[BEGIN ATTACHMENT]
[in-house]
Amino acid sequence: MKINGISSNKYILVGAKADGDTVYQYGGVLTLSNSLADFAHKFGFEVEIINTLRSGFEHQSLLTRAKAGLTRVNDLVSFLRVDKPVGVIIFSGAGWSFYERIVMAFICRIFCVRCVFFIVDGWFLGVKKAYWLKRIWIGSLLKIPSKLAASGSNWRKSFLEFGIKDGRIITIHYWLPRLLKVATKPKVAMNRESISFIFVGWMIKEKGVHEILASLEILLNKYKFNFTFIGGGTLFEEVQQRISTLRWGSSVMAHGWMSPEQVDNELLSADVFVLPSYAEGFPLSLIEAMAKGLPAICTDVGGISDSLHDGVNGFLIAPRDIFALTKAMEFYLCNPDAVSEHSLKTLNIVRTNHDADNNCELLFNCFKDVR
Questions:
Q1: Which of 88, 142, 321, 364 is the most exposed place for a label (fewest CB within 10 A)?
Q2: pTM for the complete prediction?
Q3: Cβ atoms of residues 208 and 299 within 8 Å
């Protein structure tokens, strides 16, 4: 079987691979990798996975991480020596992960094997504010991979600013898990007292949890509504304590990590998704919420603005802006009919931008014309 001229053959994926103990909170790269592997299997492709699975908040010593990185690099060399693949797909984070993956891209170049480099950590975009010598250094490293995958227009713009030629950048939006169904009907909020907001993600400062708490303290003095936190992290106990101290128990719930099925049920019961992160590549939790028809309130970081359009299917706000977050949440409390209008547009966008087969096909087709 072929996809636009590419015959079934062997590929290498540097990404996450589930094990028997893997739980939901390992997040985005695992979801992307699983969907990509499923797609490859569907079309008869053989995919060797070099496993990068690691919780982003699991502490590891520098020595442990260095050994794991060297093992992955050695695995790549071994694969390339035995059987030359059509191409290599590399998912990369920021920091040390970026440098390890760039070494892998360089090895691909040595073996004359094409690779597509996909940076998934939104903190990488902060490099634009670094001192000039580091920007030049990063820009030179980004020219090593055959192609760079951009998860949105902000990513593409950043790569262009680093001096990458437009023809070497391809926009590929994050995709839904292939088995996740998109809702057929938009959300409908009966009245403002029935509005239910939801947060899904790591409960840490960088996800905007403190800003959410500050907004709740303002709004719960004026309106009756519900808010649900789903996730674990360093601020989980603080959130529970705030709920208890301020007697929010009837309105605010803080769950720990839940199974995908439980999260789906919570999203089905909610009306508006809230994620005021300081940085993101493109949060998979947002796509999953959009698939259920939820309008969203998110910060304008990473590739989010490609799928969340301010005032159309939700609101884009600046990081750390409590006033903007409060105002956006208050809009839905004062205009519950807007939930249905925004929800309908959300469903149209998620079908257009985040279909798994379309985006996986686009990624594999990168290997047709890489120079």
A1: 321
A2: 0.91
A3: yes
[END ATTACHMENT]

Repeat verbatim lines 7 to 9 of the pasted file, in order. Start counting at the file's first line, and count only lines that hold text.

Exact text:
């Protein structure tokens, strides 16, 4: 079987691979990798996975991480020596992960094997504010991979600013898990007292949890509504304590990590998704919420603005802006009919931008014309 001229053959994926103990909170790269592997299997492709699975908040010593990185690099060399693949797909984070993956891209170049480099950590975009010598250094490293995958227009713009030629950048939006169904009907909020907001993600400062708490303290003095936190992290106990101290128990719930099925049920019961992160590549939790028809309130970081359009299917706000977050949440409390209008547009966008087969096909087709 072929996809636009590419015959079934062997590929290498540097990404996450589930094990028997893997739980939901390992997040985005695992979801992307699983969907990509499923797609490859569907079309008869053989995919060797070099496993990068690691919780982003699991502490590891520098020595442990260095050994794991060297093992992955050695695995790549071994694969390339035995059987030359059509191409290599590399998912990369920021920091040390970026440098390890760039070494892998360089090895691909040595073996004359094409690779597509996909940076998934939104903190990488902060490099634009670094001192000039580091920007030049990063820009030179980004020219090593055959192609760079951009998860949105902000990513593409950043790569262009680093001096990458437009023809070497391809926009590929994050995709839904292939088995996740998109809702057929938009959300409908009966009245403002029935509005239910939801947060899904790591409960840490960088996800905007403190800003959410500050907004709740303002709004719960004026309106009756519900808010649900789903996730674990360093601020989980603080959130529970705030709920208890301020007697929010009837309105605010803080769950720990839940199974995908439980999260789906919570999203089905909610009306508006809230994620005021300081940085993101493109949060998979947002796509999953959009698939259920939820309008969203998110910060304008990473590739989010490609799928969340301010005032159309939700609101884009600046990081750390409590006033903007409060105002956006208050809009839905004062205009519950807007939930249905925004929800309908959300469903149209998620079908257009985040279909798994379309985006996986686009990624594999990168290997047709890489120079």
A1: 321
A2: 0.91